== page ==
The carrier bashing reverberated throughout the Broward County, Fla., convention center. A panel of air, rail, ocean, and truck shippers, surrounded by a group of 60 or so highly sympathetic and frustrated shipper brethren, yesterday took the collective carrier universe to the woodshed for any number of infractions, legitimate or otherwise.
The panel, presenting at the National Industrial Transportation League's annual meeting in Fort Lauderdale, Fla., bemoaned the capacity shortages that have struck every mode. It also sharply criticized carriers for inefficient, unreliable, and inconsistent service that they said only continues to worsen.
Elton Poisler, DuPont Co.'s international logistics manager for ocean transportation, said the company, which uses ocean services mostly for export traffic, regularly manages "from a crisis perspective." Between domestic infrastructure problems—half of DuPont's exports originate at inland port locations—and the well-documented problems at gateway ports across the country—DuPont is seeing a steady decline in carrier service and reliability, Poisler said. On some lanes, on-time delivery rates exceed 90 percent, on others it has been as low as 58 percent, he said.
Advanced information systems would help the cause, but most carriers are not boosting their use of technology, Poisler said.
Paul Newbourne, senior vice president for operations at Armada Supply Chain Solutions, a third-party logistics provider (3PL) with a strong niche in the restaurant business, said a shortage of qualified commercial truck drivers is making life difficult for shippers and their providers. The driver shortage that was initially and most keenly felt in the truckload business has spread to the dedicated and less-than-truckload (LTL) segments, Newbourne said. Shippers are increasingly arranging for shipping dates further out in the future to improve their chances of getting a rig and a driver, he said.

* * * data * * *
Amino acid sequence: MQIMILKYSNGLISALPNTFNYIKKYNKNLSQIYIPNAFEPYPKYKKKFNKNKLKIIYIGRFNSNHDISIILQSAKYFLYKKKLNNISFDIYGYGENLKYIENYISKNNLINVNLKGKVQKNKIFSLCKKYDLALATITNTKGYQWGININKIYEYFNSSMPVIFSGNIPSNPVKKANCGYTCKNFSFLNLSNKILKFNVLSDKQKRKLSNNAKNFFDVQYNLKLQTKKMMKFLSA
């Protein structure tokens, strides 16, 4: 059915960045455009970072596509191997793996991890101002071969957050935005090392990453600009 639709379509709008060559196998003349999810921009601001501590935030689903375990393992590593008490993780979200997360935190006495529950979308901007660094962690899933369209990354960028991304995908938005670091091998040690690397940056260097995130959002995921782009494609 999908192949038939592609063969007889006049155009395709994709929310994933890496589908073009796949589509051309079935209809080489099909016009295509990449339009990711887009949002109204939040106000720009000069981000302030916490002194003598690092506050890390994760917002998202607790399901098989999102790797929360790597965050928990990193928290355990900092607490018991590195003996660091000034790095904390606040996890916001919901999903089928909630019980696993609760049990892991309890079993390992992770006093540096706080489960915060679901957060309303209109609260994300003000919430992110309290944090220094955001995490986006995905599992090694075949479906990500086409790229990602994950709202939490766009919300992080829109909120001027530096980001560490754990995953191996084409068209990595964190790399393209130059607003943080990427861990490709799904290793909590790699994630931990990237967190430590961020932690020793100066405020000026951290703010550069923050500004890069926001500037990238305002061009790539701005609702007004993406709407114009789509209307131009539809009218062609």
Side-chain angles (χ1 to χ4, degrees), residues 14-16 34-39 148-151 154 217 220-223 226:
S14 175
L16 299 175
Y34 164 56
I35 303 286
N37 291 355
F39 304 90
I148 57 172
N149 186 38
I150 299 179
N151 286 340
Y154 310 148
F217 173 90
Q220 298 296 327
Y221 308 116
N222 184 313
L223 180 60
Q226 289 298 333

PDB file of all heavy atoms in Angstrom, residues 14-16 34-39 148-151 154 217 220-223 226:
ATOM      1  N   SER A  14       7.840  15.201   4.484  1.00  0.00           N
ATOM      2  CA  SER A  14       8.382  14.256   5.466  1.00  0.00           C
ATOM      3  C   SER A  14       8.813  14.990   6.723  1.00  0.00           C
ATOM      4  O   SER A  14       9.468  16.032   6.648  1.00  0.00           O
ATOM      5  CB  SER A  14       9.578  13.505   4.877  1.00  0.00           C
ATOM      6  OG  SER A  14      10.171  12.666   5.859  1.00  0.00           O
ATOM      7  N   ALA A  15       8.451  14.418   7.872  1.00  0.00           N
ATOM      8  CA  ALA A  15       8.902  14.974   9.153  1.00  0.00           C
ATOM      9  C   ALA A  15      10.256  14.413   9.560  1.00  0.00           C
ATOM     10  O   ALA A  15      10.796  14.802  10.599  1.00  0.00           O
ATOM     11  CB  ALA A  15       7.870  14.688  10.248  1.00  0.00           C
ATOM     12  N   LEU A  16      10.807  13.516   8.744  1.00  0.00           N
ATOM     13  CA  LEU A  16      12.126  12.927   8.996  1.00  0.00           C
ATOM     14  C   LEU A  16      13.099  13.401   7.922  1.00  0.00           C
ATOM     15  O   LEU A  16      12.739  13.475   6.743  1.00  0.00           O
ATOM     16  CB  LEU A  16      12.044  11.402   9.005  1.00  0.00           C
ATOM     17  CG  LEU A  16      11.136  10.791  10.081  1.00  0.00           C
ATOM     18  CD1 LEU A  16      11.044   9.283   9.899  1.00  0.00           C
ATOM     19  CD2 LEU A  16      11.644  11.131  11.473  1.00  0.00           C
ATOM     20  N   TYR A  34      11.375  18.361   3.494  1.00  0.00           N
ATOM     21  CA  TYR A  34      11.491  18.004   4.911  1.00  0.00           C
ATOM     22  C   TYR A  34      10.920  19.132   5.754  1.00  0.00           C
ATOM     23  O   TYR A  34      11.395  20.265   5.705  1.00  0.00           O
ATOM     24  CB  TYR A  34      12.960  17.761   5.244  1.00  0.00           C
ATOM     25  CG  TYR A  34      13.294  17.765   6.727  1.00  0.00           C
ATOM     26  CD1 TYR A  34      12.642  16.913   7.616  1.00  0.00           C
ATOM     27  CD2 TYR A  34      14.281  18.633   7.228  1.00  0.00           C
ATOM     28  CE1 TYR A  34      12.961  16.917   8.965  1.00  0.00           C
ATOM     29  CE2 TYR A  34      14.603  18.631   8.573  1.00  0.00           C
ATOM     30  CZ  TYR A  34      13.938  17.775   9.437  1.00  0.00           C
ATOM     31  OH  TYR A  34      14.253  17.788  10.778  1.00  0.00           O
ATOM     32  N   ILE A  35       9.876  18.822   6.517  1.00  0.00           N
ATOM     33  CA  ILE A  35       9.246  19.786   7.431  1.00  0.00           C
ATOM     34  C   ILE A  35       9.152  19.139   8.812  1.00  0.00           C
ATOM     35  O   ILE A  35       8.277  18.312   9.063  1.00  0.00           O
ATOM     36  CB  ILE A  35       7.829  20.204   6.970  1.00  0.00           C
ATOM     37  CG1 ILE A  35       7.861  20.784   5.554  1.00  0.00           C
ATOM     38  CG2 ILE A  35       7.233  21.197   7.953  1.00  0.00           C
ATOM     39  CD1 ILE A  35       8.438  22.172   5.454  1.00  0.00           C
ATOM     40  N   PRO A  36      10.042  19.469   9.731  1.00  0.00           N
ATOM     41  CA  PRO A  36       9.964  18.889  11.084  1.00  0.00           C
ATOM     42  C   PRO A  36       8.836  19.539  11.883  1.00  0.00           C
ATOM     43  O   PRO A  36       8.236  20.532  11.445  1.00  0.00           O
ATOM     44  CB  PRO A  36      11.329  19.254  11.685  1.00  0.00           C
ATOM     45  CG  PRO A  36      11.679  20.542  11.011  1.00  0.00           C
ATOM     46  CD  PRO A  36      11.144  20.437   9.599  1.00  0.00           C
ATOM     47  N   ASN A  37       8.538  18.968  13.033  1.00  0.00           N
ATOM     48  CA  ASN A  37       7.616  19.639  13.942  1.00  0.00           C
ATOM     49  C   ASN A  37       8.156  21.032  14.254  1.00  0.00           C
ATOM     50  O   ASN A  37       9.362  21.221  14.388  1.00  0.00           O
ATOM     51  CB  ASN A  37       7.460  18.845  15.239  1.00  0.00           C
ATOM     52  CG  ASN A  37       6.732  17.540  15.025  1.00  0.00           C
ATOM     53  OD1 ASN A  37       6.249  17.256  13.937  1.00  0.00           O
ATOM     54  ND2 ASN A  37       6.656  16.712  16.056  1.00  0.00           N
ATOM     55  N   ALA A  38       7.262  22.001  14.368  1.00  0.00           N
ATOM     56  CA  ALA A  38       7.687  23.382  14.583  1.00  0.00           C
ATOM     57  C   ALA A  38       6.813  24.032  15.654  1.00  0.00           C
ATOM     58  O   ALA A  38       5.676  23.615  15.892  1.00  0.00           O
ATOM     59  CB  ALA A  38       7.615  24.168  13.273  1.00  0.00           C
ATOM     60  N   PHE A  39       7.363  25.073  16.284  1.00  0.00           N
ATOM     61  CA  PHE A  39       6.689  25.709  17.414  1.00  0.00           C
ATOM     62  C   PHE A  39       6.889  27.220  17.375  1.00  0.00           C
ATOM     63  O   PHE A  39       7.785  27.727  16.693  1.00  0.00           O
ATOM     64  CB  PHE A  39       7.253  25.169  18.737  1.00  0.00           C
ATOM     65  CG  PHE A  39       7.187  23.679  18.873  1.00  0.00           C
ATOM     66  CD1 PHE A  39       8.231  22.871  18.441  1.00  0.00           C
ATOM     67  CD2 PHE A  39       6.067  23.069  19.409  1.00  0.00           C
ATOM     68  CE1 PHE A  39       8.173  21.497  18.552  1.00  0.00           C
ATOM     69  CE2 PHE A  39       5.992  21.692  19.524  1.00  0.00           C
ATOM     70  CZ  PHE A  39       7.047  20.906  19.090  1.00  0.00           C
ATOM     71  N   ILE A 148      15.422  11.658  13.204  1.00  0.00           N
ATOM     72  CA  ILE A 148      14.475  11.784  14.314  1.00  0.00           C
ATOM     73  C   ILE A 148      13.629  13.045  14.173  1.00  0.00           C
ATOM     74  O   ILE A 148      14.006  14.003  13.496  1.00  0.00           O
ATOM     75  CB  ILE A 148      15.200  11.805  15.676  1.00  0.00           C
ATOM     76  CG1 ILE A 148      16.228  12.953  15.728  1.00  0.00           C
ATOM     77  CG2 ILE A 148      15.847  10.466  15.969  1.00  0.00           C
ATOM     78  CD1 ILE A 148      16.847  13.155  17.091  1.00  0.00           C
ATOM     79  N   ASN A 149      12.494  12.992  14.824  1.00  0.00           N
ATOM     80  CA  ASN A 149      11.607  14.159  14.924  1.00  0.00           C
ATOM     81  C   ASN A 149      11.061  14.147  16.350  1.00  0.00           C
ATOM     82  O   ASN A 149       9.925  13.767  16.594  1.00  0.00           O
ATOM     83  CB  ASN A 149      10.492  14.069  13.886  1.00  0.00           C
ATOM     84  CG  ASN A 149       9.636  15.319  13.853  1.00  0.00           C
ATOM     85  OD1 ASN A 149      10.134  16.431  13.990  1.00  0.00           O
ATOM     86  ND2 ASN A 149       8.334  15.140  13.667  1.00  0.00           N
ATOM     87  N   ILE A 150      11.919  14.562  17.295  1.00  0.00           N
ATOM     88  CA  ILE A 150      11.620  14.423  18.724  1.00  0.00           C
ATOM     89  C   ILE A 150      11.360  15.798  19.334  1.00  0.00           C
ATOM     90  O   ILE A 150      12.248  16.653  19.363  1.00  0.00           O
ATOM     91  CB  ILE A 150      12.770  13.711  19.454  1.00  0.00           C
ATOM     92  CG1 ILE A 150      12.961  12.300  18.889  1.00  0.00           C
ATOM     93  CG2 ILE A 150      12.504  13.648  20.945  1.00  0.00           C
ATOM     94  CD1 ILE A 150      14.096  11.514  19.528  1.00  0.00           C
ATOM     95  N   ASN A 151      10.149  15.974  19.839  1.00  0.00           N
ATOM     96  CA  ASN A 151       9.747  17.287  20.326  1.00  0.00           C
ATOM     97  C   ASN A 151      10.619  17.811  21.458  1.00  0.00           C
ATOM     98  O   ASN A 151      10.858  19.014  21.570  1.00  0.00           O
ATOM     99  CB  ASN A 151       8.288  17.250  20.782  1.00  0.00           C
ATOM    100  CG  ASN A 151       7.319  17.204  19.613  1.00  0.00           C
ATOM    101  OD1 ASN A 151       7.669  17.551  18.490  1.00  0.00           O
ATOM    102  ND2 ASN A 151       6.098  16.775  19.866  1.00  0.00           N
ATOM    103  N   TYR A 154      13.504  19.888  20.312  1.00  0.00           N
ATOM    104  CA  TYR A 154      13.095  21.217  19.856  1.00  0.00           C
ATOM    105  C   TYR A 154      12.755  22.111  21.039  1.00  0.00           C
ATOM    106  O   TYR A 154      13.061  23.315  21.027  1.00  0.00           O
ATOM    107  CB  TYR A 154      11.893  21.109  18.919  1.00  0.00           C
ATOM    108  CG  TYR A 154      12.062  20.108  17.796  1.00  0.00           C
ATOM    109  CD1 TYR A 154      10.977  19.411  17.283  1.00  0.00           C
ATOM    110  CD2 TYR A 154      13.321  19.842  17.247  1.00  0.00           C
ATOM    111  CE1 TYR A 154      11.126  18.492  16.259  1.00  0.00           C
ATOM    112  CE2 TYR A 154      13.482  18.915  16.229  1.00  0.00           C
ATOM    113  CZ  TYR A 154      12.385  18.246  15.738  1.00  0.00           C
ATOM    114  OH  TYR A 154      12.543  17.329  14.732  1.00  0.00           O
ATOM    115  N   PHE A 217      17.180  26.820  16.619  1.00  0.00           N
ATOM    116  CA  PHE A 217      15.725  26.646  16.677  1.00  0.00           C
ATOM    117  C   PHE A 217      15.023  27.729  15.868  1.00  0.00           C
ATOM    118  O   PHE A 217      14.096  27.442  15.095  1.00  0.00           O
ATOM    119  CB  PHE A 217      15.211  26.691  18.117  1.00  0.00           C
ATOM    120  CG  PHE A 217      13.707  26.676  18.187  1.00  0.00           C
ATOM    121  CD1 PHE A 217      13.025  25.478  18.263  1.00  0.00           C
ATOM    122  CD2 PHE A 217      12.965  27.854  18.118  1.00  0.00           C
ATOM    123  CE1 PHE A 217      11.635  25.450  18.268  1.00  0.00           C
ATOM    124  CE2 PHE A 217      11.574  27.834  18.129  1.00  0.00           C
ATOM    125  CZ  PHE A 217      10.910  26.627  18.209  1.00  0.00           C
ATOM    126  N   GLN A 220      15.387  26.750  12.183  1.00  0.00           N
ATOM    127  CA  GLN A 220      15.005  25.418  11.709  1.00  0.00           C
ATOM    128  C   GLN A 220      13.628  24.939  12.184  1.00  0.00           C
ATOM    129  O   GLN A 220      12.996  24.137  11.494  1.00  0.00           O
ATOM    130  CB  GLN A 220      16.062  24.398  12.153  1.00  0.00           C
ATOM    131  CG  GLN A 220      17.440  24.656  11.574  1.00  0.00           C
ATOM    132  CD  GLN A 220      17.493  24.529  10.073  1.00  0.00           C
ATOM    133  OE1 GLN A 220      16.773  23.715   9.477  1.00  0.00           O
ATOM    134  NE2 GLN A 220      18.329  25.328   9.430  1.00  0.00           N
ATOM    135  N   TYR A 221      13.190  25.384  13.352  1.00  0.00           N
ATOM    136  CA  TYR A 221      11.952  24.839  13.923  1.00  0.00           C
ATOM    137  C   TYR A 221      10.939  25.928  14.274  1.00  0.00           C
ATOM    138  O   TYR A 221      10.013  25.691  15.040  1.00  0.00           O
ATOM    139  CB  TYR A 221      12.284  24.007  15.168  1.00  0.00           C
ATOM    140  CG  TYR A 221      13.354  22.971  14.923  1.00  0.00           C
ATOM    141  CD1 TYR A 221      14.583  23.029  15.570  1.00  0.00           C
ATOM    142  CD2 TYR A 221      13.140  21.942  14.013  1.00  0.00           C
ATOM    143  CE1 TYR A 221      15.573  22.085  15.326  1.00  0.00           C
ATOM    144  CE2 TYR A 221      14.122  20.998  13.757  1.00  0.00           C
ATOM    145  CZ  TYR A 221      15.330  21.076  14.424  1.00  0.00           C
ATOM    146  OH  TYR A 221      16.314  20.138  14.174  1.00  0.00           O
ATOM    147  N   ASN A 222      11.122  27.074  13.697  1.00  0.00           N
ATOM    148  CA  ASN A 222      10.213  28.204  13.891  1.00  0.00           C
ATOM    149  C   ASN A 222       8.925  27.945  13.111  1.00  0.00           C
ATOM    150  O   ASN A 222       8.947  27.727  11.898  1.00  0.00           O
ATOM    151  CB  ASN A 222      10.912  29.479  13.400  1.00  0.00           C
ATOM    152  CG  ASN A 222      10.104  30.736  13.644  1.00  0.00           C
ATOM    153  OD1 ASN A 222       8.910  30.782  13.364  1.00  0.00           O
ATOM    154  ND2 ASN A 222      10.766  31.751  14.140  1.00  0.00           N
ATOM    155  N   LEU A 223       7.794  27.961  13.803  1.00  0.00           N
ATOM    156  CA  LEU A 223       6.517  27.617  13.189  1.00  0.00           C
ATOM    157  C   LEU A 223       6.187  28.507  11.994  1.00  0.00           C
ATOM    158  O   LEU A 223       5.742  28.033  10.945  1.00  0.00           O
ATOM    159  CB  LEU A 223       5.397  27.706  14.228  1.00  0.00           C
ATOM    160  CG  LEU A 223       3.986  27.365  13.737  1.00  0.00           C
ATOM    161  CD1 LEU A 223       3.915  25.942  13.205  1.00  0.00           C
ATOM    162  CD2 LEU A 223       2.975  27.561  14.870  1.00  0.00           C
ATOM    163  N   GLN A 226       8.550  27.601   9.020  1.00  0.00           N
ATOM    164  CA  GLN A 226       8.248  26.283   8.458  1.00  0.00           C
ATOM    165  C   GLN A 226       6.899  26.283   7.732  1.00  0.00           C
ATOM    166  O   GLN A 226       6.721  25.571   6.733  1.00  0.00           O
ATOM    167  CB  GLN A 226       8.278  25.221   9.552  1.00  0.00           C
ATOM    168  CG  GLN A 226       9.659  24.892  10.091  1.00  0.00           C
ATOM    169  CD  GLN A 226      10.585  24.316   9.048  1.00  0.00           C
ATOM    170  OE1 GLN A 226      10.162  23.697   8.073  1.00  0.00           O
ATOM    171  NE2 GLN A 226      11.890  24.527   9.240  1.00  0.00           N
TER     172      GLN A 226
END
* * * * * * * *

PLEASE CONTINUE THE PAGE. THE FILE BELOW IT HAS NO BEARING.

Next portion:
Shippers who for years were accustomed to capacity assurance are finding that, unless they tender their carriers' profitable freight, they may not have access to a truck. If they do, they will be paying far more than they have in the past, Newbourne said. He told a story of a trucker seeking to shed an unattractive shipper by notifying the customer that it would only haul the freight in return for a 40-percent rate increase. The shipper readily agreed, Newbourne said.
On the rail side, Randy Brown, vice president for transportation logistics, North America, for agricultural and food service giant Cargill, said rail carriers are giving the red-hot crude-by-rail higher priority than intermodal and carload traffic, a decision that has been a source of chagrin for all nonenergy shippers. He said major railroads have been slow to hire and train crews, even thought the process takes about a year before crews are sufficiently qualified to be productive. Brown singled out eastern rail company Norfolk Southern Corp. as the chief offender in this area. He also said the congestion problems in Chicago, the nation's main rail hub which serves six North American Class I carriers, is a "25- to 50-year problem that will never get fixed."
Brown said carload traffic is currently approaching 2006-07 levels, the last period of very strong demand. Unfortunately, today's rail network, beset all year by congestion problems that began before the terrible winter weather that paralyzed large chunks of the network, is at the "breaking point," he said. Brown said anywhere near a repeat of last winter's conditions would be close to apocalyptic for the rail system.
The shipper panel didn't blame absolutely everything on the carriers. They acknowledged that they could do a more accurate job of forecasting and communicating freight demand, noting that a part of today's problem stem from underestimating demand trends. They all said that carriers are doing a better job of listening to shippers and that dialogues have become more productive.
Newbourne of Armada said discussions among his company, shippers, and carriers have helped reduce the amount of time a driver has to wait at a shipper dock or terminal to either load or unload freight. Two years ago, the driver dwell time stood, on average, at 89 minutes. Today, it is down to 61 or 62 minutes, he said.